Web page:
She looses the audience for a few minutes while a large number of the audience is trying to logon to the wifi and setting up twitter searches on the hashtag.

And guess what? the Wifi network is flooded and cracks under the pressure, those that are lucky enough to be in a part of the auditorium that has a 3G signal immediately start tweeting about the event and the broken Wifi.

Within moments the event is all across the world being retweeted and it appears negative. Eventually everyone gets over the initial shock of their being a hashtag and wifi not working.

I must say I missed most of the first speakers presentation as I followed suit and happily chatted away on the trusty tweetdeck for iPhone... and that was it... I was hooked,  I shrugged off the old pen and paper and rose like a phoenix to become a Backchanneleer!

A person/s that belongs to a group of individuals who socialise, comment, fact check, aggregate and interpret content, in real time,  during a presentation or live engagement. Twitter often being the most popular channel
Then comes the Q&A and someone dares ask a question via Twitter, the chairman asks the question and then turns to the audience asking the twtterer to raise their hand.

The gall of the chairman, shattering the poor tweeters anonymity.

So I raise my hand, yes yes, it was me asking the question. All eyes turn towards me, some smiling (due to my participation in the backchannel) others just staring at me blankly.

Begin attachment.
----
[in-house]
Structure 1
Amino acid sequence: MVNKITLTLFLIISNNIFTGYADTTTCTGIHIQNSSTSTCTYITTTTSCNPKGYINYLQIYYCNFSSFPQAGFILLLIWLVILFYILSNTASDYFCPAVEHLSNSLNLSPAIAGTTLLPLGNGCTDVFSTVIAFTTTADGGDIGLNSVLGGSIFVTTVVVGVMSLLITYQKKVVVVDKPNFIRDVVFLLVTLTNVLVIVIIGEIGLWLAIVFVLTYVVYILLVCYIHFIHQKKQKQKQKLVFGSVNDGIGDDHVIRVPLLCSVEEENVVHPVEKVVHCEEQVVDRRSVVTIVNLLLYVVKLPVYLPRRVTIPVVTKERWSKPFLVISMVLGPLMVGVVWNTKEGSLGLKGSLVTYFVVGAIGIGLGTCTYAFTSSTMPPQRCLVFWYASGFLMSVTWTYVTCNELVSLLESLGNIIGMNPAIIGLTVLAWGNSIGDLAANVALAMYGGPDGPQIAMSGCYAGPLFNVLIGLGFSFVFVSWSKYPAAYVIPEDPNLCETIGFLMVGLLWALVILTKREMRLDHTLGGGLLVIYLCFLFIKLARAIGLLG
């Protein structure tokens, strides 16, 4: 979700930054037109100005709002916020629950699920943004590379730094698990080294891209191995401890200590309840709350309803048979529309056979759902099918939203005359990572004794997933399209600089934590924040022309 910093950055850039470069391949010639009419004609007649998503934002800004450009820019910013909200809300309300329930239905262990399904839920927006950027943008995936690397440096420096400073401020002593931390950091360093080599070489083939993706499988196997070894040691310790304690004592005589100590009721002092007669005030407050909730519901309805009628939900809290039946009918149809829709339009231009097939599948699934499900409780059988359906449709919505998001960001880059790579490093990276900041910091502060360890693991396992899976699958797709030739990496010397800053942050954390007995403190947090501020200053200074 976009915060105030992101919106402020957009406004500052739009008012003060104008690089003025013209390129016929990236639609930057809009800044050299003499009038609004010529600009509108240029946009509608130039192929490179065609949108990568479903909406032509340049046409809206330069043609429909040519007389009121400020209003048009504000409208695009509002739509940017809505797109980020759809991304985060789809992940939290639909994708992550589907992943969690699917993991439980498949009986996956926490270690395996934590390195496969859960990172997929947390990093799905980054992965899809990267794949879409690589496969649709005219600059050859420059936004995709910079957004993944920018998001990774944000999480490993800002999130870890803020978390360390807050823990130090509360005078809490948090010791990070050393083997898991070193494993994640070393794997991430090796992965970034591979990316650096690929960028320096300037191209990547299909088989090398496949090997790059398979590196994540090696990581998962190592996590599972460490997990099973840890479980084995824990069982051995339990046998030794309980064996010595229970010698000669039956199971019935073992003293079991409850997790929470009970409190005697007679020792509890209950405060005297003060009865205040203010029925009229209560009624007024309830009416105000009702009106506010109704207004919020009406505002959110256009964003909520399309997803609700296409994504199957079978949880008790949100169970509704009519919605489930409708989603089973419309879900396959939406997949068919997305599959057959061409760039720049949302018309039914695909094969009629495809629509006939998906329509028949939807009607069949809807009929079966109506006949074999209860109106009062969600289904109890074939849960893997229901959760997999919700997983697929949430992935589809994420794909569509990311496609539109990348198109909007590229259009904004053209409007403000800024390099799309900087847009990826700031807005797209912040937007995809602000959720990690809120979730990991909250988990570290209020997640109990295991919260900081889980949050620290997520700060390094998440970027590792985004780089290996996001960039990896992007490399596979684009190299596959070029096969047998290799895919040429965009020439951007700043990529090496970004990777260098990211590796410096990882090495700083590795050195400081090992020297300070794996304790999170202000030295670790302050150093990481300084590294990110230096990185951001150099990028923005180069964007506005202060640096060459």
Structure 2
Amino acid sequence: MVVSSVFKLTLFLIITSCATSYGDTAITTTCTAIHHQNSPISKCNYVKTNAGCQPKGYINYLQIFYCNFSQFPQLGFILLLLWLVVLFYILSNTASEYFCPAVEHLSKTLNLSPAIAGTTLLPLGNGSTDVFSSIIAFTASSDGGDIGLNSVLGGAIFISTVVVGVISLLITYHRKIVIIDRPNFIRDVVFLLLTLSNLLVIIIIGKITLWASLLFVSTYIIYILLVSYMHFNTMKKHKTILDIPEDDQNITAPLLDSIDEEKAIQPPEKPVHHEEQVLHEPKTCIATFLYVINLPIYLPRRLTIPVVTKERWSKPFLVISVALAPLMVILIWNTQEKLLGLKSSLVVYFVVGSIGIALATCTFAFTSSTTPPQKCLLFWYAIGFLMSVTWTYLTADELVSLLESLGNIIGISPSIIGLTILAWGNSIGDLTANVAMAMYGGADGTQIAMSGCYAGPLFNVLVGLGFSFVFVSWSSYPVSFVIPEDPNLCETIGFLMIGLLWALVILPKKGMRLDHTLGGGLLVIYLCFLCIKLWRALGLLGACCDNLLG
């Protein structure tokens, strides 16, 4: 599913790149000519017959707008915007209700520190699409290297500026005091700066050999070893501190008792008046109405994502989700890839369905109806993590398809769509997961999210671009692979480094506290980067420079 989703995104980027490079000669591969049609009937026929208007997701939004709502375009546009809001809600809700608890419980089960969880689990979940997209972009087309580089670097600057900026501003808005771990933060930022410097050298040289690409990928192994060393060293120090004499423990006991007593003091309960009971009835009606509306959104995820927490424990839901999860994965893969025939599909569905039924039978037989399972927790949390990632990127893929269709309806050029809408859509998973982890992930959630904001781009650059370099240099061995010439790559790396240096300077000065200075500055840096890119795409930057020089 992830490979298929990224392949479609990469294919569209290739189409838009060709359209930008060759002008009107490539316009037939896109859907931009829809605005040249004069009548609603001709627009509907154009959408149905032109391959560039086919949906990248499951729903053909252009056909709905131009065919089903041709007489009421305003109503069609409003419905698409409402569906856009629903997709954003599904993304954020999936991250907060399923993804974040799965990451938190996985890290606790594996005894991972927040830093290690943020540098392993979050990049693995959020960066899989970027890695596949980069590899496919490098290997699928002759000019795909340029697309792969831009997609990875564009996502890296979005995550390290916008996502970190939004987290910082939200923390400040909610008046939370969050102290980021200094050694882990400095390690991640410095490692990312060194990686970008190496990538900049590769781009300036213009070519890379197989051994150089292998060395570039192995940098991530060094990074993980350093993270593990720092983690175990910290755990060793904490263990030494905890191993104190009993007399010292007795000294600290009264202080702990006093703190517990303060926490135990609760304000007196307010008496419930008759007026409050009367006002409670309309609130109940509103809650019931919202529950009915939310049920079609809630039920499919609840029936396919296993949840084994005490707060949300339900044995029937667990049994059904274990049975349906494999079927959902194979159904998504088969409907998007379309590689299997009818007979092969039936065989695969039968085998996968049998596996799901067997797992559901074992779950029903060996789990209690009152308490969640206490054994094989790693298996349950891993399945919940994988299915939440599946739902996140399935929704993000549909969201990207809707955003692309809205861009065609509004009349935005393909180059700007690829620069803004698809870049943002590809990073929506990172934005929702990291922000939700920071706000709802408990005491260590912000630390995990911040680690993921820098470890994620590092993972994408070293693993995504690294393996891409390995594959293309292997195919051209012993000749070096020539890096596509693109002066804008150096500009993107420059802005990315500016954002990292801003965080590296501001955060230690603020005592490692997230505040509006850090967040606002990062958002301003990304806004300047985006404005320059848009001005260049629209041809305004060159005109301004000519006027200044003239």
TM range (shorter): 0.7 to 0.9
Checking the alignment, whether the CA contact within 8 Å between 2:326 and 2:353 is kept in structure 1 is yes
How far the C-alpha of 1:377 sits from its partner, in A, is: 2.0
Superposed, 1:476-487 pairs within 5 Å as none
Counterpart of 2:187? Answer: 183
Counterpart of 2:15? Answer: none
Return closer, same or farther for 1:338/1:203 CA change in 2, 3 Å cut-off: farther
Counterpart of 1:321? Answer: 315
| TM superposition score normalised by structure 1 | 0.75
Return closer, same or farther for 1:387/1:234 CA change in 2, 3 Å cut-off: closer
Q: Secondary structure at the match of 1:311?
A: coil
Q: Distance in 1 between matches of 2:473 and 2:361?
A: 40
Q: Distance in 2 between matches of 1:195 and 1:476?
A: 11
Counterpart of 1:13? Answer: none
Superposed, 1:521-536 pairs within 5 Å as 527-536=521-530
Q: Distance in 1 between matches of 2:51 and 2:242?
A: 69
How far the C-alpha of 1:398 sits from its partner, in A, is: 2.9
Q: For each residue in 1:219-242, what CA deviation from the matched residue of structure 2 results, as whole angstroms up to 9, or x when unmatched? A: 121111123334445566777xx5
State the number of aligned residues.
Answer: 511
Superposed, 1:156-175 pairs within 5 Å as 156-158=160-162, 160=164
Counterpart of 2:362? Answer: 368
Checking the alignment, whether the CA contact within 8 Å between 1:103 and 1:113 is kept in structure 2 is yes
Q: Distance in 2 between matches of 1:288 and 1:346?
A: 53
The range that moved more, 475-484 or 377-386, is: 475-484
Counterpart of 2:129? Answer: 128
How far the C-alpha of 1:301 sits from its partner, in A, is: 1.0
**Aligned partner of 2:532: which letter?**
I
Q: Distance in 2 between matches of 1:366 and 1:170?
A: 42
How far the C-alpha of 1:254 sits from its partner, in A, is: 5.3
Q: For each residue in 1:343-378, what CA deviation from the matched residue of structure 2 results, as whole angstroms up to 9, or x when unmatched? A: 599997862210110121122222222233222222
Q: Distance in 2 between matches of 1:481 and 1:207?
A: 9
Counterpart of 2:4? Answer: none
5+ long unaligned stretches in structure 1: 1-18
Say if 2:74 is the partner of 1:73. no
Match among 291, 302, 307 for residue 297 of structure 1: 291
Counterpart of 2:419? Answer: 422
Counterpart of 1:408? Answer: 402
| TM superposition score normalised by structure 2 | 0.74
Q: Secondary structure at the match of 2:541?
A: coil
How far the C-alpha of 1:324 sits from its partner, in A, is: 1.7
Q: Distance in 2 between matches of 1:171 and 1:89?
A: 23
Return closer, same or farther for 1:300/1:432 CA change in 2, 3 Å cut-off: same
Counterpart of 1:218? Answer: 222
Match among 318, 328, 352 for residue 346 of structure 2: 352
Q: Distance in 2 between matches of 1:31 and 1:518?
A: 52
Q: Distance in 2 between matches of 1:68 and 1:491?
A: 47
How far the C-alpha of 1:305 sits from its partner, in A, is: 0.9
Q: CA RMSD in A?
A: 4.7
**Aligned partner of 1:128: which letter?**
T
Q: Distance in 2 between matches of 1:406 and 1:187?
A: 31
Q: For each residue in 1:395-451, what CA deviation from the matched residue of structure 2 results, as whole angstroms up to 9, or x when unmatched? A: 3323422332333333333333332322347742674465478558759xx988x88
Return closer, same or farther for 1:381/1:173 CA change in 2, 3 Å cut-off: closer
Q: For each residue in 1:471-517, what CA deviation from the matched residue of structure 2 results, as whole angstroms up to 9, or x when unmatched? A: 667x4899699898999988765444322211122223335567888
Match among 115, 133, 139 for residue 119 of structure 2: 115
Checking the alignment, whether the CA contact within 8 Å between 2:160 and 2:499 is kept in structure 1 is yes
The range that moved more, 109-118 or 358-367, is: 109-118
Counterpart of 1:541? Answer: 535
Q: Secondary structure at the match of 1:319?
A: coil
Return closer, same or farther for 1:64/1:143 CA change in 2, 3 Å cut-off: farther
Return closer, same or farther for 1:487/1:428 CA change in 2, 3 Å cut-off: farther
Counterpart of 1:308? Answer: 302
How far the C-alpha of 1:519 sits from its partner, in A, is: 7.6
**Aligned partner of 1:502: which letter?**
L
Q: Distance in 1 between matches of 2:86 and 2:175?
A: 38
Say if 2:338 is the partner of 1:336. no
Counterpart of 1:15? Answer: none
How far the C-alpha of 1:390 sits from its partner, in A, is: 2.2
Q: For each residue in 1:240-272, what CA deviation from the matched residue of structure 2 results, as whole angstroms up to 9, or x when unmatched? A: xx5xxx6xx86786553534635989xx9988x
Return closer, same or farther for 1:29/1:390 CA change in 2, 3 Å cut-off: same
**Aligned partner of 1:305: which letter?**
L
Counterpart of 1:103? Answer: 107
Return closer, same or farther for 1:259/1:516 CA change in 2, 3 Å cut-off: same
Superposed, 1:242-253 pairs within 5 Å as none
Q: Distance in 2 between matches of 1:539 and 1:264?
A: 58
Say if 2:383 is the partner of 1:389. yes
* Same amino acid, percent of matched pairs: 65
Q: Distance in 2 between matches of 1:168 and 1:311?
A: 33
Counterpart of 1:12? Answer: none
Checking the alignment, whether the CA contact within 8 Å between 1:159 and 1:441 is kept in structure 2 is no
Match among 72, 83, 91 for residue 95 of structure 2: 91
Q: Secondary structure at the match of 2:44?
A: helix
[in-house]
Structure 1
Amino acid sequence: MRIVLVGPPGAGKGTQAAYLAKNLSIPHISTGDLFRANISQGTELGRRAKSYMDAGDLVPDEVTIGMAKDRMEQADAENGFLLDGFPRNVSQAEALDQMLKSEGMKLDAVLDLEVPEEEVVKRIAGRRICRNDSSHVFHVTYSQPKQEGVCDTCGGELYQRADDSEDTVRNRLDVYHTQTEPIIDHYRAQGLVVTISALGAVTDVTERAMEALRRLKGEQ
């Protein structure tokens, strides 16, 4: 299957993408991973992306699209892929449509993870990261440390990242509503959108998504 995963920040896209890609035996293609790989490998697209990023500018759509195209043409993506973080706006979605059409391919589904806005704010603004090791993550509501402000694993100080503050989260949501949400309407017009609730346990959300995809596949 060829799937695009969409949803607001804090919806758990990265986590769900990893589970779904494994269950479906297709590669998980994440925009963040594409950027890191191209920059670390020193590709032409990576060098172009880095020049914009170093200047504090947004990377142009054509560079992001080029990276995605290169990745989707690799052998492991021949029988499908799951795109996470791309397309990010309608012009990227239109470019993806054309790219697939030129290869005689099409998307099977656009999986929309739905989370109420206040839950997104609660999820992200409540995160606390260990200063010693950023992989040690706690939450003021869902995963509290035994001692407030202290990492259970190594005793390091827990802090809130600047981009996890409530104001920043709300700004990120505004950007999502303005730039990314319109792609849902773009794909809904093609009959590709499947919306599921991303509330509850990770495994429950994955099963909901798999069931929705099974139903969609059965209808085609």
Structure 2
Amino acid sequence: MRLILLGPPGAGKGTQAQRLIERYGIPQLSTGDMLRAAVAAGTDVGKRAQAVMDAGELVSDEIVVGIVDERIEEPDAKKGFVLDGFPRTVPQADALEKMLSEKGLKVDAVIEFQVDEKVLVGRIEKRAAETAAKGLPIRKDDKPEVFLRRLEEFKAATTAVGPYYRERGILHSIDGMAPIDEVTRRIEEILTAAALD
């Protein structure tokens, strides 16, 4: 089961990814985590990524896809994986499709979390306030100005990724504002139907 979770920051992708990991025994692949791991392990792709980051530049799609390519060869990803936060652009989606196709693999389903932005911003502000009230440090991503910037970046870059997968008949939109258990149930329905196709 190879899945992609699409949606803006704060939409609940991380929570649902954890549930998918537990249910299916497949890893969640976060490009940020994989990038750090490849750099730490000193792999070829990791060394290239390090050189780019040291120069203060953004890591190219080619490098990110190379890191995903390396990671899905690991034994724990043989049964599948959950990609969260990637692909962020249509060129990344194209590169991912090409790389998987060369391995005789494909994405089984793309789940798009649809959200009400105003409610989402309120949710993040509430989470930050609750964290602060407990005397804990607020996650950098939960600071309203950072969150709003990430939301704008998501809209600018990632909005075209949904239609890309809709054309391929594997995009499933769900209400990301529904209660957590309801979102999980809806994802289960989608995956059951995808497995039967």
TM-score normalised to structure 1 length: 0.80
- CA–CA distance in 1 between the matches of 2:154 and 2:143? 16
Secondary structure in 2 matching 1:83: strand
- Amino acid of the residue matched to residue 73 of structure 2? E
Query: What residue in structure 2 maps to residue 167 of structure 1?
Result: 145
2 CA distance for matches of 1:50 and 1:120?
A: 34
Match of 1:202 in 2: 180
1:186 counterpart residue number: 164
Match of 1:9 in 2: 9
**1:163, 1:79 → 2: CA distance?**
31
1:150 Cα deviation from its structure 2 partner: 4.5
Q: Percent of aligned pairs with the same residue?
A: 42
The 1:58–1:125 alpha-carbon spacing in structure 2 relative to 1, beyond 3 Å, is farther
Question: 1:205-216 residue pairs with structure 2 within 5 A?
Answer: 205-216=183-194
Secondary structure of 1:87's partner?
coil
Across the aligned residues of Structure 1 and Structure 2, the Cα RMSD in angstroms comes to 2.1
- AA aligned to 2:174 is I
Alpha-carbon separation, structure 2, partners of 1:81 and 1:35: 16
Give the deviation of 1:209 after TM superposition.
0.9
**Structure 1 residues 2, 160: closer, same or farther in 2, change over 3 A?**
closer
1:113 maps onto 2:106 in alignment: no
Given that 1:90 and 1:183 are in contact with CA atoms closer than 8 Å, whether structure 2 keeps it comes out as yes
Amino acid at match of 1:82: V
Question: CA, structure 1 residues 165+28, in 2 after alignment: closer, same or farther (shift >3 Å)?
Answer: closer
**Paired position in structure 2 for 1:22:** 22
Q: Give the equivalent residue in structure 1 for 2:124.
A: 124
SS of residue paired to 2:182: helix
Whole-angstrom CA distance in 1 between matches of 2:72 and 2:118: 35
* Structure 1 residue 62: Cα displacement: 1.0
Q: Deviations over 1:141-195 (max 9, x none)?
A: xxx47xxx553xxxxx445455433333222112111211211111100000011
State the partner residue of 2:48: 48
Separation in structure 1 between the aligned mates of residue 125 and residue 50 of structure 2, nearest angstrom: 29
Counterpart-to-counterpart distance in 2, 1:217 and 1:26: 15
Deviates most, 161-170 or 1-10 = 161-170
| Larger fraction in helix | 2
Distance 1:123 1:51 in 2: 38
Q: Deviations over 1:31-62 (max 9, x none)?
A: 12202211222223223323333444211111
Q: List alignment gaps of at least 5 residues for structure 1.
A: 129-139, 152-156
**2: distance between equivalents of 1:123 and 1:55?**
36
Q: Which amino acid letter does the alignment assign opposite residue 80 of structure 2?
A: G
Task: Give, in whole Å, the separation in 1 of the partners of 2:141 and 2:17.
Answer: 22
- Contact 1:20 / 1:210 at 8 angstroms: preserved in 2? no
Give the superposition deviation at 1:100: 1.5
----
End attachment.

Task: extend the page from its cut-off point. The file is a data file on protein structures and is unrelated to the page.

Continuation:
So the day progresses and I learn more from the twitter backchannel conversations than the actual presentations.

Somewhere during the day the paper and pen obtained at great personal risk, went missing. I suspect the pen had words with the pad of paper and decided to find someone who would actually use them.

That night I find myself exhausted, emotional and surrounded by new friends made during the event.

Something started bouncing around my mind and I finally sat down an wrote down how I would like to be engaged, so here goes:

Engaging the backchannel
  1. Ensure your event has a Twitter hashtag(#) and please make it 10 characters or less, I only have 140 characters to play with. If you do not have a hastag in place by the time your event starts, several will be created for you by the backchannel, fragmenting your event and message.

  2. Publicise the hashtag (#) and start using it to keep everyone informed, use it beforehand to talk a bit more about the event and its presenters. People would like to set up their searches and start engaging before the event, not during the first speaker.